Politics, Moderate



The heartbreaking case of Charlie Gard is not a parable -- just one family's tragedy.

Esther J. Cepeda on

It's been so many years since our daughter was born and immediately died. But even with the cool-headed benefit of hindsight, I'm sure we made the "right" decision for us. (And thank goodness it wasn't judged in real-time by partisan onlookers around the globe!)

But even having suffered through the tragedy of a lost baby, my husband and I aren't in a position to answer the question of when it's appropriate to treat gravely ill infants and when nature should be allowed to take its course. This is because there is no singular answer to that question. Circumstances change as time goes by, and technology enables previously unimaginable medical and surgical "miracles."

No one -- not parents who've been through similar traumas, not policymakers who have a pet crusade for or against limits to heroic measures for saving lives, and certainly not politicians looking to exploit a family's unspeakable tragedy -- should be weighing in on what Connie Yates and Chris Gard "should have" done.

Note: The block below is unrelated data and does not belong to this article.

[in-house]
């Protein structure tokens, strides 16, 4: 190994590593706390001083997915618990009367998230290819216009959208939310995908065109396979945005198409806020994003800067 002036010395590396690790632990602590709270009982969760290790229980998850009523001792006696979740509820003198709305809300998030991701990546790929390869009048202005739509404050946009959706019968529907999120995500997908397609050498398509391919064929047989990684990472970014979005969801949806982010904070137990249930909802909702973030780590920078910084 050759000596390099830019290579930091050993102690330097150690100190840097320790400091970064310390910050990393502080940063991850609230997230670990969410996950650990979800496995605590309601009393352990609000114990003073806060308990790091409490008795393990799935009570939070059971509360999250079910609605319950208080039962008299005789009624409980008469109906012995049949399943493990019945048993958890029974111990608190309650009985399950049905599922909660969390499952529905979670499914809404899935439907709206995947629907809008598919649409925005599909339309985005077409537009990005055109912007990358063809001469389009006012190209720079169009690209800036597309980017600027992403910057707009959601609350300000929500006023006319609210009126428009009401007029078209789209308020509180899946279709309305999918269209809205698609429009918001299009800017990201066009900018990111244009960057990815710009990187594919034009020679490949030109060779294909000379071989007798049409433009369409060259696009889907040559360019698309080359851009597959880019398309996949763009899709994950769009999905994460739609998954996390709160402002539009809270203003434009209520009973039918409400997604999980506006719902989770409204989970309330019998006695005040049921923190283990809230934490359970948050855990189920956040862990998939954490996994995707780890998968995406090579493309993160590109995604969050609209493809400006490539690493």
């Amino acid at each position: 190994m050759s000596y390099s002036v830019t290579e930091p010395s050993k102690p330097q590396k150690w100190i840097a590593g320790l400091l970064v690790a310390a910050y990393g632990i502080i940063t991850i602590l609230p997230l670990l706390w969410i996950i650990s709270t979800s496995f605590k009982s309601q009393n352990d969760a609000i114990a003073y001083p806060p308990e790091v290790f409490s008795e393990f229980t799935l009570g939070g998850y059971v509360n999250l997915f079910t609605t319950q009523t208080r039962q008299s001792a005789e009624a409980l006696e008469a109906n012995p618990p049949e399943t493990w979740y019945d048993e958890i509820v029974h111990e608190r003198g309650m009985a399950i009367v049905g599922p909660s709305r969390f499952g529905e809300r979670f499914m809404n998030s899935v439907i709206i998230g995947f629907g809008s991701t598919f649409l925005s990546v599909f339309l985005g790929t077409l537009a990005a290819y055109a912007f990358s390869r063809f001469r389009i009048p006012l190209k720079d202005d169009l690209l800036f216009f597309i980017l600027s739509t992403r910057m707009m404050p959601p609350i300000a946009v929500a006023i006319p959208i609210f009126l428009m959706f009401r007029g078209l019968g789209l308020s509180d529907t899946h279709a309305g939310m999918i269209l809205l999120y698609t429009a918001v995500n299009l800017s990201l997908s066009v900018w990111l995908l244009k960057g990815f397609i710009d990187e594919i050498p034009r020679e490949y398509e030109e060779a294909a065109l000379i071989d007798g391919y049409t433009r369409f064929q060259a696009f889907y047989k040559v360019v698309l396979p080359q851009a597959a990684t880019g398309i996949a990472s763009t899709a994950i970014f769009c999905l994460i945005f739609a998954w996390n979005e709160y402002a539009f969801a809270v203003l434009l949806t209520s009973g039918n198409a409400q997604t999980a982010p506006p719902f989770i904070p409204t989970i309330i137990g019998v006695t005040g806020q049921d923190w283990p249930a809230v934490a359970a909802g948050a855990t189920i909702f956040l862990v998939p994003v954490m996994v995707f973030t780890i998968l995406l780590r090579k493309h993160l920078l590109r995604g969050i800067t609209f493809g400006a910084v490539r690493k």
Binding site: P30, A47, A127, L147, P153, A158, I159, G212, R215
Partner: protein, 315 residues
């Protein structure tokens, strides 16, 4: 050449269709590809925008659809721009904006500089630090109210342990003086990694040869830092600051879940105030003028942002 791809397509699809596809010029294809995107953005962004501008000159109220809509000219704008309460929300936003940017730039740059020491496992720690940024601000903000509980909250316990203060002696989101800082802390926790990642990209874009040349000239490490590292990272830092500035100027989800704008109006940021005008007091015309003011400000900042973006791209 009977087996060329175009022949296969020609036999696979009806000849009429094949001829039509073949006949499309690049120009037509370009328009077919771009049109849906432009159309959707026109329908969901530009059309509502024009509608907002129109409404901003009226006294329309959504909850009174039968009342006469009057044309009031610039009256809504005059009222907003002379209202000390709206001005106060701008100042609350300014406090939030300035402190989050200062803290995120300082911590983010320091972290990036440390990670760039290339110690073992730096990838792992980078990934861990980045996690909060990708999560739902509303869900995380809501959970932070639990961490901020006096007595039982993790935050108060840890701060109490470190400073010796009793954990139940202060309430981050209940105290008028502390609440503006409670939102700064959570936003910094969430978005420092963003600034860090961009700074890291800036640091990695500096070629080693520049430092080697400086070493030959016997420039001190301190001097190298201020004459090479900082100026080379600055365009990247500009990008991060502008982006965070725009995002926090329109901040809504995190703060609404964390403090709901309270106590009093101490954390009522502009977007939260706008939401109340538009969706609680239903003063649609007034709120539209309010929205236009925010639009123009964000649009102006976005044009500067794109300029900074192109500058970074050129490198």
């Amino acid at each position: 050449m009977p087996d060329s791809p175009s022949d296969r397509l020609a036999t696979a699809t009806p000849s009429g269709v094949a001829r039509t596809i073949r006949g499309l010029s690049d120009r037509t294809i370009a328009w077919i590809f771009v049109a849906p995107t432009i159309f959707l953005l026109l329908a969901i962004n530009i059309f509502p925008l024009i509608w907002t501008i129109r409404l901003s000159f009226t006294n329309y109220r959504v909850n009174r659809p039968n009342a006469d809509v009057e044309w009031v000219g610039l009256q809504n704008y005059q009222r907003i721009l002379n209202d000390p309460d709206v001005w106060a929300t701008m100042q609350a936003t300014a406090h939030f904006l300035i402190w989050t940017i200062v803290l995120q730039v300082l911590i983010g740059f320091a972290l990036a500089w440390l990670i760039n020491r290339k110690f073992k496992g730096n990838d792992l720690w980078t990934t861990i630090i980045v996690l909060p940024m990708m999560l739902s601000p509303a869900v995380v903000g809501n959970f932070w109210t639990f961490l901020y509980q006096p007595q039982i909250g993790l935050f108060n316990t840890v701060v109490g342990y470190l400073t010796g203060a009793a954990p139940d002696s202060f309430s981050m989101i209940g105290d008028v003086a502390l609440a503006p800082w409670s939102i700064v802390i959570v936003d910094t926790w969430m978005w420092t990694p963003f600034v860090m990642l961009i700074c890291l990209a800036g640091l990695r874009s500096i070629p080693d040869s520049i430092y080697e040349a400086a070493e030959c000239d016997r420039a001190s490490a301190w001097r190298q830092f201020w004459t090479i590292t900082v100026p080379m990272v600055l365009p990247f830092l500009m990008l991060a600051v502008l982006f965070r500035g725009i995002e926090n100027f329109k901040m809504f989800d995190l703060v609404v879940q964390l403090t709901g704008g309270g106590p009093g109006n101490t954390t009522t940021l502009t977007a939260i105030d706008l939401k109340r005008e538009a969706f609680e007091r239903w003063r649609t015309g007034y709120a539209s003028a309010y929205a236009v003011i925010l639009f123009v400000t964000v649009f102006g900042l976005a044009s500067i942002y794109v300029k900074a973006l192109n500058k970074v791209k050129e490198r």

The conservative British columnist Melanie Phillips described the drama surrounding the Gard case as "a cruel and ignorant campaign." On her blog, Phillips wrote: "The parents in their great distress cannot be blamed [if their baby experienced pain or trauma from having his life extended through desperate measures]. The people who should consider what harm they may have done here are all those who, through giving the parents such false hopes, so cruelly embedded them in their denial of reality."

She's not wrong.

But it is worth noting that though this false hope fueled political grandstanding and ideological bullying -- and, perversely, generated ad revenue for media companies -- it was also probably the only thing helping Charlie Gard's parents endure such a heart-rending time.

If there's any takeaway here, it's that Charlie Gard's life and death are not a case study or parable about the bureaucracy of national medical systems. And his experience doesn't belong to the world, not even to those who mourned for him.

No one but his parents have a right to take any kind of life lesson from it. After all, they're the only ones who have to live with the consequences of a heartbreaking situation that offered no easy solutions.


Esther Cepeda's email address is estherjcepeda@washpost.com.

(c) 2017, Washington Post Writers Group



blog comments powered by Disqus

Social Connections


Andy Marlette Mike Luckovich Lisa Benson Signe Wilkinson Bob Gorrell Michael Ramirez